Umm Jamaal ud-Din, a Muslim convert teacher, released a two-hour long YouTube video on Aug. 20, where she talks about the concept of tawheed (oneness of Allah in Islam) and the flawed execution by many Muslims today.
In it, she touches tackles various topics including female grooming practices that are considered 'haram' in Islam, including eyebrow plucking.
It all starts at minute 44 of the two-hour long video ...
"You're still falling into a major sin whatever you like to call it yourself," she says, as she goes over various acts of wrongdoings.
"You can say as many things that Allah makes haram, like plucking the eyebrows," she says, explaining that whether girls call it 'cleaning or plucking' it's still considered a sinful act.
"What do the girls say? 'I'm just cleaning, I'm not plucking ... I'm cleaning.' That sounds great, doesn't it? Clean shaven. Sounds great ... but it's haram," she says.
Who is Umm Jamaal ud-Din?
Umm Jamaal ud-Din is a Saudi-trained teacher at the Islamic College of Australia who converted to Islam 28 years ago, according to The Daily Mail.
Her claim that eyebrow plucking is 'haram' is based on a fundamentalist interpretation of the Hadith, which is prevalent among many schools of thought in the Muslim world.
Following an article that was published in the Daily Mail, an Australian based Muslim women's organization, which provides "emotional and financial support to women from all cultural backgrounds" came to her defense.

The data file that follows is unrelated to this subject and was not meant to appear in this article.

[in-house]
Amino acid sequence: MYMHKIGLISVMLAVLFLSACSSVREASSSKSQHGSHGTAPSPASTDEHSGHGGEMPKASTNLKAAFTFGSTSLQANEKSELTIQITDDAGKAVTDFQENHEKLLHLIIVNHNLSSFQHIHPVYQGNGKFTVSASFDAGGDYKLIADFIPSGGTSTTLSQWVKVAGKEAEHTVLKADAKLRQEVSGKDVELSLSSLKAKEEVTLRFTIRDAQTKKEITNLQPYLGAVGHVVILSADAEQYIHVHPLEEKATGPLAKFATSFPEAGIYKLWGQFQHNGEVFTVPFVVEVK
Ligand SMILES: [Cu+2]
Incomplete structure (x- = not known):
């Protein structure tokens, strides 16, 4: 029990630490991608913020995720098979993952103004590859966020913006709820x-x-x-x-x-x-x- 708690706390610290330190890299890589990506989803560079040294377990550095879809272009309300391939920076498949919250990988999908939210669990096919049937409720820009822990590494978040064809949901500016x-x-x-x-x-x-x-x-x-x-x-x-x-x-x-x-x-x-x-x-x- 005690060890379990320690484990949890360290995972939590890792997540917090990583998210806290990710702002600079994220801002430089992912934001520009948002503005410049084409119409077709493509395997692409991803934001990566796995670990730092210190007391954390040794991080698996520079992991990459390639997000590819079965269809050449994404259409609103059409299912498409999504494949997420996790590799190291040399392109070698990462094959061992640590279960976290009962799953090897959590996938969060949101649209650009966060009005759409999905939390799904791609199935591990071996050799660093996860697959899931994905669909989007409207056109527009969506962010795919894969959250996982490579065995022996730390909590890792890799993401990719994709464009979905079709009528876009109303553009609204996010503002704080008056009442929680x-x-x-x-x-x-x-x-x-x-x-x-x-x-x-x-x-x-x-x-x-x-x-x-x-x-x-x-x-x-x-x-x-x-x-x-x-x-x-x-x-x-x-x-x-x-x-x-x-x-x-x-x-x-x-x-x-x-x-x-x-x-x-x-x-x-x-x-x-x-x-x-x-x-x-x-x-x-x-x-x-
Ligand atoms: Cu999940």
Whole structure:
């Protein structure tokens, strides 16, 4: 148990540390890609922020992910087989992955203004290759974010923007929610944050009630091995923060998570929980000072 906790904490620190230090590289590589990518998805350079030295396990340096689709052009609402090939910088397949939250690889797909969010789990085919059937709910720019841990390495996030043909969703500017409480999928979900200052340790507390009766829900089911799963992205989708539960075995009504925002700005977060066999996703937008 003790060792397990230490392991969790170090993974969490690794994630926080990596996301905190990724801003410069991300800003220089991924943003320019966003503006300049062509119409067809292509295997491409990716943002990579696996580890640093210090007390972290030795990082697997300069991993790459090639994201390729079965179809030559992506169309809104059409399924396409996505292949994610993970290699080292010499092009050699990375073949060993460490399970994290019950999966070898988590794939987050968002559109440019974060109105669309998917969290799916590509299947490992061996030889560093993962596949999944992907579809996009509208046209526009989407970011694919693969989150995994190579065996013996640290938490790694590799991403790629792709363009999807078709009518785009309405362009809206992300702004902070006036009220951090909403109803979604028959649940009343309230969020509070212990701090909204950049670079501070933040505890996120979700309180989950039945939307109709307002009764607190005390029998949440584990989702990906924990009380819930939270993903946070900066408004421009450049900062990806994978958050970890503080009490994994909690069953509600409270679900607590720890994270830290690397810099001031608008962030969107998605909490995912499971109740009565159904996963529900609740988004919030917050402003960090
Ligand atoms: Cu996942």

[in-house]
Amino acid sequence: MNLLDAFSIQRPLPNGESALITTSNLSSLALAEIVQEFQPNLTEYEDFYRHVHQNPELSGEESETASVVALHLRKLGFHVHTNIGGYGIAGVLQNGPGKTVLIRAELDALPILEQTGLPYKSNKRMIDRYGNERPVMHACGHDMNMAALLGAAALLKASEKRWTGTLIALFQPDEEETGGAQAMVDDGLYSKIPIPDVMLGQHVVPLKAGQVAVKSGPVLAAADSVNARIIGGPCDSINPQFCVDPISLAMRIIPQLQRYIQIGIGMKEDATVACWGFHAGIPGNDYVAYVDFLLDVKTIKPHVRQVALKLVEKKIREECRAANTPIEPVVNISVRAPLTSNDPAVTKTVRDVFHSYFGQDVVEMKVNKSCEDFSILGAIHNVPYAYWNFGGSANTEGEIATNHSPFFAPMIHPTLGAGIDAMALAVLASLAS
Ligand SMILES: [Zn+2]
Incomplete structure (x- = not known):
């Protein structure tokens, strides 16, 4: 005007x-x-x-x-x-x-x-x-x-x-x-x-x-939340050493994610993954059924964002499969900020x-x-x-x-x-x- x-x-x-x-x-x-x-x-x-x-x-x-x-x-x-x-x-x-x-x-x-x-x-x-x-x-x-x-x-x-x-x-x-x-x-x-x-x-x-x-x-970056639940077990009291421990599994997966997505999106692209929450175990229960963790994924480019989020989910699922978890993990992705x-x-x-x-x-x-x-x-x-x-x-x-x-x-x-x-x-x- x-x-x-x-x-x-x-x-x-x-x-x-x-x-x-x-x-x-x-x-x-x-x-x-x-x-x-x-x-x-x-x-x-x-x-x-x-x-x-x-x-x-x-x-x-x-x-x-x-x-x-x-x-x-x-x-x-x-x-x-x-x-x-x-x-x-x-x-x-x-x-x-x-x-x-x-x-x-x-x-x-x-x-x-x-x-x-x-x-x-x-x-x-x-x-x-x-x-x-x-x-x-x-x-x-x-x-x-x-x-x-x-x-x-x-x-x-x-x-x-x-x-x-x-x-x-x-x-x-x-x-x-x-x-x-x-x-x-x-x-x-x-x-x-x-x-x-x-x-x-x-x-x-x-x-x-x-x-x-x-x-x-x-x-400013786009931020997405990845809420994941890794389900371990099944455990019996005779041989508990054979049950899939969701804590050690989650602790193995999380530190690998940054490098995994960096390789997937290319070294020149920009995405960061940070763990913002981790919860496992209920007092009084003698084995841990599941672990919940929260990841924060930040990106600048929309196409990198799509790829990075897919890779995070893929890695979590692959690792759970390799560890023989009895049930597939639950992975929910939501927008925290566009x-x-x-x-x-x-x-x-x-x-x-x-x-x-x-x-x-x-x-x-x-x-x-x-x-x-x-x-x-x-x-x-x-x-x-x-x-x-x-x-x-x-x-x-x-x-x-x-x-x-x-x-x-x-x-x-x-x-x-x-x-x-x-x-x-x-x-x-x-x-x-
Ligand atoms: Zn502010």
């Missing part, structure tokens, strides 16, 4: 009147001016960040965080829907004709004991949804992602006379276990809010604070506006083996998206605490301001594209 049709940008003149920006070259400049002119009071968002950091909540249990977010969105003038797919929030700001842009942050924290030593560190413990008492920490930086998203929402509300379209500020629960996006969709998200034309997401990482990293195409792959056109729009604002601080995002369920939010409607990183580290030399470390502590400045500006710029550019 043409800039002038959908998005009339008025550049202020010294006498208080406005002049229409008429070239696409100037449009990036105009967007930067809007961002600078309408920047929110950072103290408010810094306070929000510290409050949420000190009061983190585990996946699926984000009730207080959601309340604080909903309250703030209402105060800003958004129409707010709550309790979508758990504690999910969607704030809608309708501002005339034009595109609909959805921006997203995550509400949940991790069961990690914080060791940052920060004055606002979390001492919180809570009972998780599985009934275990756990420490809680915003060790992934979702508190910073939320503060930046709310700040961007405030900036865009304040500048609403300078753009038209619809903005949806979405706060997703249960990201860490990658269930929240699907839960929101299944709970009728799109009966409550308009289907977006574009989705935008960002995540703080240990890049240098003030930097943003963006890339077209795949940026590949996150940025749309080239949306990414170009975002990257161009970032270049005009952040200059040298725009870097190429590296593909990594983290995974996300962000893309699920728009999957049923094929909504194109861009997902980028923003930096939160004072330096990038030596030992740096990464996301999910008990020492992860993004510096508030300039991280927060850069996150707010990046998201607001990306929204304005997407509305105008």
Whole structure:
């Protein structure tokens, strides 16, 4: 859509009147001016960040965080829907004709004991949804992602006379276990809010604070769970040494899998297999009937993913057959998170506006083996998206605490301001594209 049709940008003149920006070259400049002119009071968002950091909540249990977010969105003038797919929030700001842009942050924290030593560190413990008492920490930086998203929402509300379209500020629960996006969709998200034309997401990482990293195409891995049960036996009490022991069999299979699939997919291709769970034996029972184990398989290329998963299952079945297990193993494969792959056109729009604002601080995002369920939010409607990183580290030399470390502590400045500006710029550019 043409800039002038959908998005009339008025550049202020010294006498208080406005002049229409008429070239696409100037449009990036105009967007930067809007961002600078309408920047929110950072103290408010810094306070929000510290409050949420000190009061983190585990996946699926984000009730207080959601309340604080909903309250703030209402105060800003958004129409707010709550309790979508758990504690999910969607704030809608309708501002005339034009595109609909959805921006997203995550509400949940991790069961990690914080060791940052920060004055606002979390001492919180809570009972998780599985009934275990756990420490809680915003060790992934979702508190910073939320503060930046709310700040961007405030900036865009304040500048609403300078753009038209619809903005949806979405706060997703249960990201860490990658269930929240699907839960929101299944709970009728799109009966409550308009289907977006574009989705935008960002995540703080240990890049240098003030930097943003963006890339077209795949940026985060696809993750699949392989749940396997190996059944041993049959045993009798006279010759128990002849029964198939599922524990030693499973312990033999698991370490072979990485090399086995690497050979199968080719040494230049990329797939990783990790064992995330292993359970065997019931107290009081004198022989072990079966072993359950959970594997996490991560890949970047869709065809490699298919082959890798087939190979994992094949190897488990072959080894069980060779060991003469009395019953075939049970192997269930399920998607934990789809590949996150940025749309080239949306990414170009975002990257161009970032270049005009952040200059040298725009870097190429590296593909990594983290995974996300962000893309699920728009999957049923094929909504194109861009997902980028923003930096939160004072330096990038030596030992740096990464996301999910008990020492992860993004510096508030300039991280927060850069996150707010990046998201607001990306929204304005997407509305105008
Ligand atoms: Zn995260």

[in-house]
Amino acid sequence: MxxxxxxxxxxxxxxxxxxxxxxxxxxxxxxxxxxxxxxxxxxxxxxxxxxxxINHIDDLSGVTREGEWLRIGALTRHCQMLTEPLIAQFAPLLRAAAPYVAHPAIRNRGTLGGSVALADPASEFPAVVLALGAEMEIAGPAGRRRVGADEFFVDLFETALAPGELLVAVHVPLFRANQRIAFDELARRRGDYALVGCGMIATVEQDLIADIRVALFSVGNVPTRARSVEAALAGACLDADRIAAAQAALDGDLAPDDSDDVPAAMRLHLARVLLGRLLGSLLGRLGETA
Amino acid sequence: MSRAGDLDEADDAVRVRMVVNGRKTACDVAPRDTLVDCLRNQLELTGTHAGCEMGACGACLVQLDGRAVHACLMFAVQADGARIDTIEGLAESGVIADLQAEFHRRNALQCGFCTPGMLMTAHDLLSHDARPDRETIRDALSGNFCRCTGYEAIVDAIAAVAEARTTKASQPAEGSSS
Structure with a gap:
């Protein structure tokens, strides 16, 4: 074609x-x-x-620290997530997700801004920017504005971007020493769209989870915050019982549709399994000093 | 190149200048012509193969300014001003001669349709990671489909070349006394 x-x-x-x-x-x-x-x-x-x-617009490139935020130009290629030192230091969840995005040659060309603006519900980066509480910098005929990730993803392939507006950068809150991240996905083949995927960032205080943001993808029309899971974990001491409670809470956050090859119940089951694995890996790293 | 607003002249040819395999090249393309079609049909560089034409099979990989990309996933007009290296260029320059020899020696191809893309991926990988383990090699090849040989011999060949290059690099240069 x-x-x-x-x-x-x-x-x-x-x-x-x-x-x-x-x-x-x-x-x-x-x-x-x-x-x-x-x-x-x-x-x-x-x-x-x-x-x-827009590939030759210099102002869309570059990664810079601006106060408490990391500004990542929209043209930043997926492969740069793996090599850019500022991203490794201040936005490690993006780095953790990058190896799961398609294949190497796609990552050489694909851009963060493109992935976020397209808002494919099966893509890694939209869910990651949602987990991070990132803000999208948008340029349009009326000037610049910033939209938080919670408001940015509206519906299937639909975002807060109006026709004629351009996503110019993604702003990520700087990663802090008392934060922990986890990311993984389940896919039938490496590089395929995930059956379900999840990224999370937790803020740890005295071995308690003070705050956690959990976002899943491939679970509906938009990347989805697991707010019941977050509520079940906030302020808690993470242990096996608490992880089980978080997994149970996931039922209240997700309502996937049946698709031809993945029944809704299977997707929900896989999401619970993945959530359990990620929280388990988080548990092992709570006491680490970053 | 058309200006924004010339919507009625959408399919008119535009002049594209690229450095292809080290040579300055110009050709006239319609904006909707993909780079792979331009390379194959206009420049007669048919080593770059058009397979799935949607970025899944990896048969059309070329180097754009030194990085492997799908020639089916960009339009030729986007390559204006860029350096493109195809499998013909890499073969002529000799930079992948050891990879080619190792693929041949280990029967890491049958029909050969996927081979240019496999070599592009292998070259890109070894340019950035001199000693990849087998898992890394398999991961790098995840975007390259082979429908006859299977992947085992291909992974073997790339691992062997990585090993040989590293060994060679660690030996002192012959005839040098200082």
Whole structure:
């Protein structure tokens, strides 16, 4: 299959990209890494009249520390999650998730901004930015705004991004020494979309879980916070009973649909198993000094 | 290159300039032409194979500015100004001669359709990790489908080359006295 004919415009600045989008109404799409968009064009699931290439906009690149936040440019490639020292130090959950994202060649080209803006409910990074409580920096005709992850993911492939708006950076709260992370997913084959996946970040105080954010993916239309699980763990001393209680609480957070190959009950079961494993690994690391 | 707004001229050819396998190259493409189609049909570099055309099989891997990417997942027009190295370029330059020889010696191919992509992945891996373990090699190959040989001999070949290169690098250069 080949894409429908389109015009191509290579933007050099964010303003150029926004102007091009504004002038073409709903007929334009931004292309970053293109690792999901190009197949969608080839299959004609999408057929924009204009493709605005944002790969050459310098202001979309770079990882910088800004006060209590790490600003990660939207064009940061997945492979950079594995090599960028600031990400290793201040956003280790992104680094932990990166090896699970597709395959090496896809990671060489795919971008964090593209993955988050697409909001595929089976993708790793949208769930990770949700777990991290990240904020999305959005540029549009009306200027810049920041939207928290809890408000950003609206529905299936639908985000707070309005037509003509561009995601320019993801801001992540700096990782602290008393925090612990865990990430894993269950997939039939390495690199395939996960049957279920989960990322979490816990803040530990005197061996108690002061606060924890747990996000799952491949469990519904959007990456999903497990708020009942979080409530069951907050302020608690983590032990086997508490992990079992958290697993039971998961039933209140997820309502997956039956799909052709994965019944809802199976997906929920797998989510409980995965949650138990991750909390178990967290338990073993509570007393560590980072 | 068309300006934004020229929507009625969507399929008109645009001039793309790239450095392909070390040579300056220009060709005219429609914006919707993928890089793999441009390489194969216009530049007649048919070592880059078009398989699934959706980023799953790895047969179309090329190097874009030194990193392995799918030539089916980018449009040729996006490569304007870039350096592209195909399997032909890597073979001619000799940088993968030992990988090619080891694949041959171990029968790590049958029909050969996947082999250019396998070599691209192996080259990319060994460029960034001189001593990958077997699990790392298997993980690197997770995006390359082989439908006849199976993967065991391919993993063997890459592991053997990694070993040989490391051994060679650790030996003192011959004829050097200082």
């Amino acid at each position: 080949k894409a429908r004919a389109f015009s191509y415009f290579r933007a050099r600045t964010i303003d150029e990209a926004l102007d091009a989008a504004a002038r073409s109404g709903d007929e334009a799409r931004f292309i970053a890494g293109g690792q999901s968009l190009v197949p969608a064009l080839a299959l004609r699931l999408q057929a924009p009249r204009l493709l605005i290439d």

Responding to the backlash, 'Sisters United' called the media a 'bunch of clowns' in a Facebook post.
Muslim women have been told this several times before ...
In April, Sheikh Mohamad Doar delivered a speech (more like preached) to a room of teenage girls in Sydney, where he warned of curses that would befall them if they were to pluck their eyebrows or remove body hair.
"You are not allowed the remove the hair of the eyebrow, it's a major sin," the preacher said.
"The lady who plucks her eyebrows and the one who gets them plucked, they’re both cursed by Allah."
Not the first time Muslim women in Australia get hate for their interpretations
In April, the Australian branch of the radical Islamic political organization Hizb ut-Tahrir was put under the spotlight after sharing a video in which two women demonstrate how Muslim men can beat their wives.
The two attempt to interpret a controversial Quranic verse, and explain the "right way" in which men can beat their wives. Soon after the video began making the rounds online, the group was accused of promoting domestic violence and making light of the plight of abuse victims.
After severe backlash, Hizb ut-Tahrir's Facebook page shared a statement acknowledging the negative impact the video has incurred on the image of Islam, especially with the rise of Islamophobia in non-Muslim communities.